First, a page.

What You Need to Know About Opportunity Zones
Trump's tax reform law of late 2017 is drawing renewed interest from venture capitalists and philanthropists due to the tax shelter it creates. A program hidden in the law aims to tap into an estimated $6.1 trillion in unrealized capital gains to spur economic growth in low-income communities throughout the U.S.
The Opportunity Zones program utilizes tax incentives, similar to a 1031 Exchange, to encourage investors to take advantage of investment opportunities in specific communities.
Keep reading to learn what you need to know about Opportunity Zones.
Who Created Opportunity Zones?
According to the IRS Q & A website, Opportunity Zones were established by Congress in the Tax Cuts and Jobs Act, which passed on December 20, 2017.
Opportunity Zones were inspired by the Investing In Opportunity Act, a bipartisan community development program that was championed by senators Tim Scott (R-NC) and Cory Booker (D-NJ), representatives Ron Kind (D-WI) and Pat Tiberi (R-OH), and nearly 100 congressional cosponsors.
Economic Innovation Group (EIG) first conceptualized Opportunity Zones in 2015 in Unlocking Private Capital to Facilitate Growth in Distressed Areas, a whitepaper written by Jared Bernstein, an integral member of the Obama Administration's economic team, and Kevin Hasset, the chairman of the Council of Economic Advisers and co-author of the book Dow 36,000.
What Is an Opportunity Zone?
An Opportunity Zone is an economically challenged area in an urban or rural community, in which federal tax incentives are offered to investors to reinvest their unrealized capital gains into these areas.
A location may qualify as an Opportunity Zone once it has been nominated by the state and its nomination has been certified by the Secretary of the U.S. Treasury. The first set of Opportunity Zones were designated on April 9, 2018. The Opportunity Zones cover parts of 18 states. Click here for the map (Adobe Flash plugin required).
What Is a Qualified Opportunity?
When an investor realizes a gain from a sale or exchange of a capital asset, they have 180 days from the date of the sale or exchange to reinvest the gain into a qualified partnership or corporation.
These funds must be used to significantly improve eligible properties, businesses, and partnership interests located within the zone.
It is the responsibility of the entity and the taxpayer to self-certify the investment. Later this summer, the IRS will release a form that eligible taxpayers must complete and attach to their federal income tax return for the taxable year. No approval or action by the IRS is required.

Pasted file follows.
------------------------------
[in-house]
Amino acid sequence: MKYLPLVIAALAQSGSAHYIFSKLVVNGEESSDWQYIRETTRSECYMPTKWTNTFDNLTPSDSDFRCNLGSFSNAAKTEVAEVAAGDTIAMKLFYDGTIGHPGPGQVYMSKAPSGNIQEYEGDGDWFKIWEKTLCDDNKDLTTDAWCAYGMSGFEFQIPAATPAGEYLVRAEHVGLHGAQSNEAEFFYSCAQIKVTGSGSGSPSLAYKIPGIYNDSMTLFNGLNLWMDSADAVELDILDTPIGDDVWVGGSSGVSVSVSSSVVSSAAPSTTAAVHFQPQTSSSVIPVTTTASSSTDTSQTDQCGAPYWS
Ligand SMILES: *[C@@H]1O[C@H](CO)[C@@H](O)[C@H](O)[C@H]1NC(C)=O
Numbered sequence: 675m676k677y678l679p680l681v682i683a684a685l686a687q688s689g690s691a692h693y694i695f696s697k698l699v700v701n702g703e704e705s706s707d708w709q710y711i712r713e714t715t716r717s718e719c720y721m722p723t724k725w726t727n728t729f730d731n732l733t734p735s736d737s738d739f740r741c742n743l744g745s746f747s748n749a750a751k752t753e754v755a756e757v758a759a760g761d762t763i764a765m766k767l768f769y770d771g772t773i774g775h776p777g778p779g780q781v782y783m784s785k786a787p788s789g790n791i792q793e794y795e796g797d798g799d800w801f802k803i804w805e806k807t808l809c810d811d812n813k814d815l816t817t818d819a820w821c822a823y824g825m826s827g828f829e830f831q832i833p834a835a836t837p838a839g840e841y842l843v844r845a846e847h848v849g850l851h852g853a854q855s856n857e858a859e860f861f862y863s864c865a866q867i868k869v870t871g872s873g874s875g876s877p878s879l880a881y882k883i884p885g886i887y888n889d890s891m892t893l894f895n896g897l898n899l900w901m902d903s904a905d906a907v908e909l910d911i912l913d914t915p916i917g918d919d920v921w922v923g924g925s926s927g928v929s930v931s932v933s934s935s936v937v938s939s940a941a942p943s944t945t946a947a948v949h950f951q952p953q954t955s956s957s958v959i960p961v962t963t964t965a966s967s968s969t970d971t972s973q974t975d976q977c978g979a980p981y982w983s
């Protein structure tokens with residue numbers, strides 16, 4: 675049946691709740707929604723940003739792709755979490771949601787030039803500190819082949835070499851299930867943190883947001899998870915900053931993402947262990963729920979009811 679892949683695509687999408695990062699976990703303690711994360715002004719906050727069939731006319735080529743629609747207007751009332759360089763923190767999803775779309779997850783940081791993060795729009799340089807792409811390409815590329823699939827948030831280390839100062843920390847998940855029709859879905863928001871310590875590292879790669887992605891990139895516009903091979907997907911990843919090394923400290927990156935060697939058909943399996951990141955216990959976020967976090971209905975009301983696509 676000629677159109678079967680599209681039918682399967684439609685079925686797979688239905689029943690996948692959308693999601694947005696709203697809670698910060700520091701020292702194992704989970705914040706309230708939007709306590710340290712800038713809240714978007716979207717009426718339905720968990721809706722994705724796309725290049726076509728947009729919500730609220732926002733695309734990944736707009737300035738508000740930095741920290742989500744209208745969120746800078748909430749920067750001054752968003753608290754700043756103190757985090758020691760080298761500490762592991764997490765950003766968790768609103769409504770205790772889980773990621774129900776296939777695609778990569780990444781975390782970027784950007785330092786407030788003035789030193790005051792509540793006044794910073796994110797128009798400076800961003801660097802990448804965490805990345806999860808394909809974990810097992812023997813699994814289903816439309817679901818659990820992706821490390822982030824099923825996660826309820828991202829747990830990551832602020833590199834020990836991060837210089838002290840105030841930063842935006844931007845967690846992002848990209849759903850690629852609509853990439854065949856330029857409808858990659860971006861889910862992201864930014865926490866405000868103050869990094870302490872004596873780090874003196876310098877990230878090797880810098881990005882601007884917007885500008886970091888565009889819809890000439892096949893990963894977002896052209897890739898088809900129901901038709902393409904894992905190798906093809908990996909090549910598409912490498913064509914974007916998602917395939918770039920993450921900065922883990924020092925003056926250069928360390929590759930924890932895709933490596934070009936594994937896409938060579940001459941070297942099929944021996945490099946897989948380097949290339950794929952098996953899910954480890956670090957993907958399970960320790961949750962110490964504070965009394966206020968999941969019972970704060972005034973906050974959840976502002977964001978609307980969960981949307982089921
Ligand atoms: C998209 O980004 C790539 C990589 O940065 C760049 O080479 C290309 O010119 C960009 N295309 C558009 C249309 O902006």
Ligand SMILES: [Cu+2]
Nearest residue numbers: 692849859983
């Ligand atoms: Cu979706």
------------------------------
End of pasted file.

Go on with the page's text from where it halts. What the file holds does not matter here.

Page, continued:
How Do Opportunity Zones Benefit Investors?
There are three tax incentives available to investors who reinvest their capital gains into Opportunity Zones.
These benefits are available to all taxpayers who invest in qualified assets, regardless of whether they live in an Opportunity Zone or not.
1. Temporary Deferral of Tax
Taxpayers may elect to defer tax on prior gains if they have been reinvested into a qualified Opportunity Zone within 180 days of the asset sale. The tax may be deferred until the earlier of the date on which the investment is sold or exchanged, or until December 31, 2026.
The election to defer tax on that gain should be made on the federal tax return for the year in which the tax on that gain would be due had it not been deferred. IRS form 8949 must be completed and attached to the tax return as part of the deferral election procedure.
If you wish to defer taxes on a gain acquired during 2017 and have already filed your tax return, you may file an amended return and attach a completed IRS form 8949.
2. An Increase in Basis
Up to 15% of the original gain that was reinvested into a qualified Opportunity Fund may be excluded from taxation, depending on the amount of time the investment is held in the fund by the taxpayer.
If the reinvestment is held in the opportunity fund by the taxpayer for at least five years, the basis of the capital gains will increase by 10%. The basis will increase by 5% if the investment is held for at least seven years.
3. A Permanent Exclusion
The interest accrued from capital gains invested into a qualified opportunity fund may be permanently excluded from taxation if the investment has been held in the opportunity fund by the taxpayer for a minimum of ten years before it is sold or exchanged. This exclusion only applies to gains accrued after investment into an opportunity fund.
Where Can I Find Out More About Opportunity Zones?
A current list of approved Opportunity Zones is available at Opportunity Zone Resources. The list is updated in real-time as more Opportunity Zones are approved. A complete list will be published in Spring of 2019 once all Opportunity Zones have been nominated, certified and designated.
More information about Opportunity Zones, including legal advice, will be released by the Treasury Department and the IRS in the coming months. Information will be available at Treasury.gov and IRS.gov as it becomes available.
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